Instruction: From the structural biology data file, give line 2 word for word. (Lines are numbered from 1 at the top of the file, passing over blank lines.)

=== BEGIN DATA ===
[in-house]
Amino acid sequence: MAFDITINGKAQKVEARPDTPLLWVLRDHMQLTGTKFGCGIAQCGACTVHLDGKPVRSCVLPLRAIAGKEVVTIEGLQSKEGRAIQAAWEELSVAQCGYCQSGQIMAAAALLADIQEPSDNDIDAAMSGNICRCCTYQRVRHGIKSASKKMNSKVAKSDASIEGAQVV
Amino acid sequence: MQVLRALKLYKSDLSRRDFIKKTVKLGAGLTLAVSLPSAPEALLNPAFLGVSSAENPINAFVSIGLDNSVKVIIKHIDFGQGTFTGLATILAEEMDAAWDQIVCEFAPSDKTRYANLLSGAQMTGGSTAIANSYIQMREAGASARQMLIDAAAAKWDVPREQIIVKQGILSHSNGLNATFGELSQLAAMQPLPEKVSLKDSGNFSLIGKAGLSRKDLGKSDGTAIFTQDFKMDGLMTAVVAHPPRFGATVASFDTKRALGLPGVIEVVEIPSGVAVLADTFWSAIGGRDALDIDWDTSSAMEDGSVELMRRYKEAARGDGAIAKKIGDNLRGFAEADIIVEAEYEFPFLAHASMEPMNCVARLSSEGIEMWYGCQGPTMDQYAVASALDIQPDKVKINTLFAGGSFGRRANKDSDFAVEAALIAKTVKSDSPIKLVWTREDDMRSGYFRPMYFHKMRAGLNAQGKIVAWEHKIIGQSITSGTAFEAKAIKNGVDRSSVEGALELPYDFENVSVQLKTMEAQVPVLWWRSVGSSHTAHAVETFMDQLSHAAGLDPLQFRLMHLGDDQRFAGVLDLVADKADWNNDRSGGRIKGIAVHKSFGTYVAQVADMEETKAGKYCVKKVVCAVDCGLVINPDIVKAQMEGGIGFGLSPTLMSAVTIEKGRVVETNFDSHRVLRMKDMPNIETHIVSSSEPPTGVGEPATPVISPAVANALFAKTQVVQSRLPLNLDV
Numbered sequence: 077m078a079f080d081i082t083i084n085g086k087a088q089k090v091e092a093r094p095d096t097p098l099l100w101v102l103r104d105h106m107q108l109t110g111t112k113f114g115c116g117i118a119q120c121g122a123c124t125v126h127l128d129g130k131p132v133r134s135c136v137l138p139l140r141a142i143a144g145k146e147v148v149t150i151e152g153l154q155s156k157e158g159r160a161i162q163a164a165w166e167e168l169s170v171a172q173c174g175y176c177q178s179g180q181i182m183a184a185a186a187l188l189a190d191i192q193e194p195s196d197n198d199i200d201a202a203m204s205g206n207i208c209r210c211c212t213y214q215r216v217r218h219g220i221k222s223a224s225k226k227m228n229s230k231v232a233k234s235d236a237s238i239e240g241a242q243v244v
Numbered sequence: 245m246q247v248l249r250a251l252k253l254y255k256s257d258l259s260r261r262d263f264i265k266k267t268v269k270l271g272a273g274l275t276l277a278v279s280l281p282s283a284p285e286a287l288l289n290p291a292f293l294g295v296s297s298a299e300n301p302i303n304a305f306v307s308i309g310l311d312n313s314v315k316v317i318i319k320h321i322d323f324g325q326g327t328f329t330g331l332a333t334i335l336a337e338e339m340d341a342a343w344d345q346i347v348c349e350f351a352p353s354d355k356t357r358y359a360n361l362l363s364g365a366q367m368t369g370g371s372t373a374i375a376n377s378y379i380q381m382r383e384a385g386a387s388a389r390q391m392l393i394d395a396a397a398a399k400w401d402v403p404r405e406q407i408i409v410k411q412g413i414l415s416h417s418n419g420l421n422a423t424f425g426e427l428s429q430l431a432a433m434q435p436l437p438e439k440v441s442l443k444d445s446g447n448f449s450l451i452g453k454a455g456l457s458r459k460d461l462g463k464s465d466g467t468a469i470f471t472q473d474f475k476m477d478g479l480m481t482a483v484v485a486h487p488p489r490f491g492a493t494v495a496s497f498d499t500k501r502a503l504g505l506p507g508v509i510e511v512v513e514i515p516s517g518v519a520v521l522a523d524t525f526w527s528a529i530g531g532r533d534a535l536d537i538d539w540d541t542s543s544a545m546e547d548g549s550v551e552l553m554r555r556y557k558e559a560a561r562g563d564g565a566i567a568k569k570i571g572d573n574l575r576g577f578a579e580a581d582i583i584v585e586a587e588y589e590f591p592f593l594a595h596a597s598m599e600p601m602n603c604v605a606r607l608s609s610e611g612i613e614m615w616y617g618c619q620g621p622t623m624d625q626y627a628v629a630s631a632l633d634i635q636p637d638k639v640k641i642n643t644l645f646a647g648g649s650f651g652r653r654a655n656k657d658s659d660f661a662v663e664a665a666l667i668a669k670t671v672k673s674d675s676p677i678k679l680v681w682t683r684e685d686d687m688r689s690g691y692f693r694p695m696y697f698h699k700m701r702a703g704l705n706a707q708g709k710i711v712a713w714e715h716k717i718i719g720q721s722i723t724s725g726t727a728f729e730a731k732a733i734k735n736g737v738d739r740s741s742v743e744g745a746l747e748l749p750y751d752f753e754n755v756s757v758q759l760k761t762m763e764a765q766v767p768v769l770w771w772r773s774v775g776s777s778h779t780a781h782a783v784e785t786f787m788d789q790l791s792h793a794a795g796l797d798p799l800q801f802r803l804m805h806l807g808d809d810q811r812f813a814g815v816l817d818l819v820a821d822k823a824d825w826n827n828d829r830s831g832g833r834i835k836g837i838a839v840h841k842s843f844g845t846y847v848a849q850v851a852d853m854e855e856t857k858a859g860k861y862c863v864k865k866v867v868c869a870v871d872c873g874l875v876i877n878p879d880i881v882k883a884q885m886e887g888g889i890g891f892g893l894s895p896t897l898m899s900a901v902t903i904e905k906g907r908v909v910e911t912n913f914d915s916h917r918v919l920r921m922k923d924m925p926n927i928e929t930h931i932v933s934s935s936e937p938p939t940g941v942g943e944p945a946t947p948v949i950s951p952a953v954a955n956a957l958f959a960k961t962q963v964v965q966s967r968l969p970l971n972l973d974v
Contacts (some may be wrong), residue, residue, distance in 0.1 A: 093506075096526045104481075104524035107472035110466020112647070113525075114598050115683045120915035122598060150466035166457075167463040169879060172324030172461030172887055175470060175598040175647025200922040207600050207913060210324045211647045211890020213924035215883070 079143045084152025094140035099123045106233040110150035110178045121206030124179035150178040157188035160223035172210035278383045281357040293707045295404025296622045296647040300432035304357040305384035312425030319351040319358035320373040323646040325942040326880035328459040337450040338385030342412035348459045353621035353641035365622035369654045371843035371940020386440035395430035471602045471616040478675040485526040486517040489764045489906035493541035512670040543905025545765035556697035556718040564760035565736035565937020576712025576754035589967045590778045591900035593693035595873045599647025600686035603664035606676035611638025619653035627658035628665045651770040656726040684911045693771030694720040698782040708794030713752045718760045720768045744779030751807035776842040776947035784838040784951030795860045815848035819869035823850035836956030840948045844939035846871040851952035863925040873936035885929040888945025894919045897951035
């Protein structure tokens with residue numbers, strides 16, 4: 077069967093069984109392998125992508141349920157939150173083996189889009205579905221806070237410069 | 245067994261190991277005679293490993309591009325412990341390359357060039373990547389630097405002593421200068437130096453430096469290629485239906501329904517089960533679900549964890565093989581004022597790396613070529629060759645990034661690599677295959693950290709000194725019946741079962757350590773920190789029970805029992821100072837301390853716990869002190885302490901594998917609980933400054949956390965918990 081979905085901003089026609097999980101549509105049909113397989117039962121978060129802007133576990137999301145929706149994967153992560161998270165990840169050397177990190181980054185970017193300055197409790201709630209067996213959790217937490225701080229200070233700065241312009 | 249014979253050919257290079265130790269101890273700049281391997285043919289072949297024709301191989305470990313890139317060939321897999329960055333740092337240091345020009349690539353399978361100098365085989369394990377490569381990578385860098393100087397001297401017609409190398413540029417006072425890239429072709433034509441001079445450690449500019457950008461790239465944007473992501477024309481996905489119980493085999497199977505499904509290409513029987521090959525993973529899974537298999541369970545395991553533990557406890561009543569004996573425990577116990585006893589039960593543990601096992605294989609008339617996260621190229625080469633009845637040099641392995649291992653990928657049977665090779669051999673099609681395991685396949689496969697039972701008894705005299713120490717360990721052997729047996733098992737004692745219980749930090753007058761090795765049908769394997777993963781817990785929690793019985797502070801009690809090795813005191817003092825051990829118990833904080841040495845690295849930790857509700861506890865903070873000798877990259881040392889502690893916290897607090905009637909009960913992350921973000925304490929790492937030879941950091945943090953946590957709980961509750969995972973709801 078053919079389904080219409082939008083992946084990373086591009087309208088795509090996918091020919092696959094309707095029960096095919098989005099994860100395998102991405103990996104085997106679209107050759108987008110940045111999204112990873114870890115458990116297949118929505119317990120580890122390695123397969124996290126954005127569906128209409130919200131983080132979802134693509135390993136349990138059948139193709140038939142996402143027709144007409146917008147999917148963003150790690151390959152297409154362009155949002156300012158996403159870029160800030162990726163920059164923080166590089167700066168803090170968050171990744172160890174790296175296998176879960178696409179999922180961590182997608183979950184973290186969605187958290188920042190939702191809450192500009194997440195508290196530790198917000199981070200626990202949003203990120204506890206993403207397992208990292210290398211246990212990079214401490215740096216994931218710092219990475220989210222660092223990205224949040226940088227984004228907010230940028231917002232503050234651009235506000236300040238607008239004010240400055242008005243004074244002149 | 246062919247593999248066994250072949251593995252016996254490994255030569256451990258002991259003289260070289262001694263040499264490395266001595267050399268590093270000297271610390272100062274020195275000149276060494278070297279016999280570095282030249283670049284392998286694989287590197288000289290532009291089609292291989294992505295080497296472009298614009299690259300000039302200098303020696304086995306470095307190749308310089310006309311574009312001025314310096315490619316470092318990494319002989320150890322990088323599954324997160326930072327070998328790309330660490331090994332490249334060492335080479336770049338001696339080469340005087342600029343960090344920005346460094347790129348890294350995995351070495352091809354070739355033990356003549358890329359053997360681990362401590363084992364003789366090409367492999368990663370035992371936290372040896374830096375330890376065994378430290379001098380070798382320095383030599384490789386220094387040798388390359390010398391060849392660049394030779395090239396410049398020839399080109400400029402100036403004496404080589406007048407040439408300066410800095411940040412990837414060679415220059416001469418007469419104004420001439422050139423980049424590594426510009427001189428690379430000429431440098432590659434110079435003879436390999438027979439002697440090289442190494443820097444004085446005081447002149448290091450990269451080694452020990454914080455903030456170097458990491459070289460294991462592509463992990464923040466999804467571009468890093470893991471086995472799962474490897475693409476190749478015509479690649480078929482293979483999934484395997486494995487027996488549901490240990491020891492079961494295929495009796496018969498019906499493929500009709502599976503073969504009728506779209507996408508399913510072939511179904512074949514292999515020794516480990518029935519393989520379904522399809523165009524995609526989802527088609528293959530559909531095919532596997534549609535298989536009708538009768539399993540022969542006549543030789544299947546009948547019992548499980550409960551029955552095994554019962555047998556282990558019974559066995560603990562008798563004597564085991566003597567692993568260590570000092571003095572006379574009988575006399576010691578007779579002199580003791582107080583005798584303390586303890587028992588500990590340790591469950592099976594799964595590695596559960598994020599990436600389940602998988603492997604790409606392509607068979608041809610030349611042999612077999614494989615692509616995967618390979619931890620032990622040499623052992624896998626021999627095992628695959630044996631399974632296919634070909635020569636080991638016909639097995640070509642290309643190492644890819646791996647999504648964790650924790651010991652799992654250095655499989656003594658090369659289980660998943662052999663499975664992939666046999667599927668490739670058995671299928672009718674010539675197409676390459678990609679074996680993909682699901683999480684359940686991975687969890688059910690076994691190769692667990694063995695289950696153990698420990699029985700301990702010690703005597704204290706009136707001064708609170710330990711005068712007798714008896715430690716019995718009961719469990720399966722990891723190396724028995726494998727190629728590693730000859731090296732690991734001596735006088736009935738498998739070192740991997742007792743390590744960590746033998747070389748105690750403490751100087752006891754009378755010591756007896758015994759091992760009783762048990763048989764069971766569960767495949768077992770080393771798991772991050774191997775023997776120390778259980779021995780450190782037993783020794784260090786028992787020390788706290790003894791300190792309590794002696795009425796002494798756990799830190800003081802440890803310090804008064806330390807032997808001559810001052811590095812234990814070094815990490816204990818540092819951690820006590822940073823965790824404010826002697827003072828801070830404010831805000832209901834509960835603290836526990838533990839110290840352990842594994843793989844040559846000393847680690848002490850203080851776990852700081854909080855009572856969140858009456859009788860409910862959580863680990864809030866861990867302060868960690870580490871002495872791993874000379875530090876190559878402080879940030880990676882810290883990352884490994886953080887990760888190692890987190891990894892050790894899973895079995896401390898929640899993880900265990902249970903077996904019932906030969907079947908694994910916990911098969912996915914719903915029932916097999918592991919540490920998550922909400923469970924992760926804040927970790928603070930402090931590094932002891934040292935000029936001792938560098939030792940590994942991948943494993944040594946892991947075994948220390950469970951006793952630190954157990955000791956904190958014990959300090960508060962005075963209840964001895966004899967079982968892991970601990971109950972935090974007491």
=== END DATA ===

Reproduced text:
Amino acid sequence: MAFDITINGKAQKVEARPDTPLLWVLRDHMQLTGTKFGCGIAQCGACTVHLDGKPVRSCVLPLRAIAGKEVVTIEGLQSKEGRAIQAAWEELSVAQCGYCQSGQIMAAAALLADIQEPSDNDIDAAMSGNICRCCTYQRVRHGIKSASKKMNSKVAKSDASIEGAQVV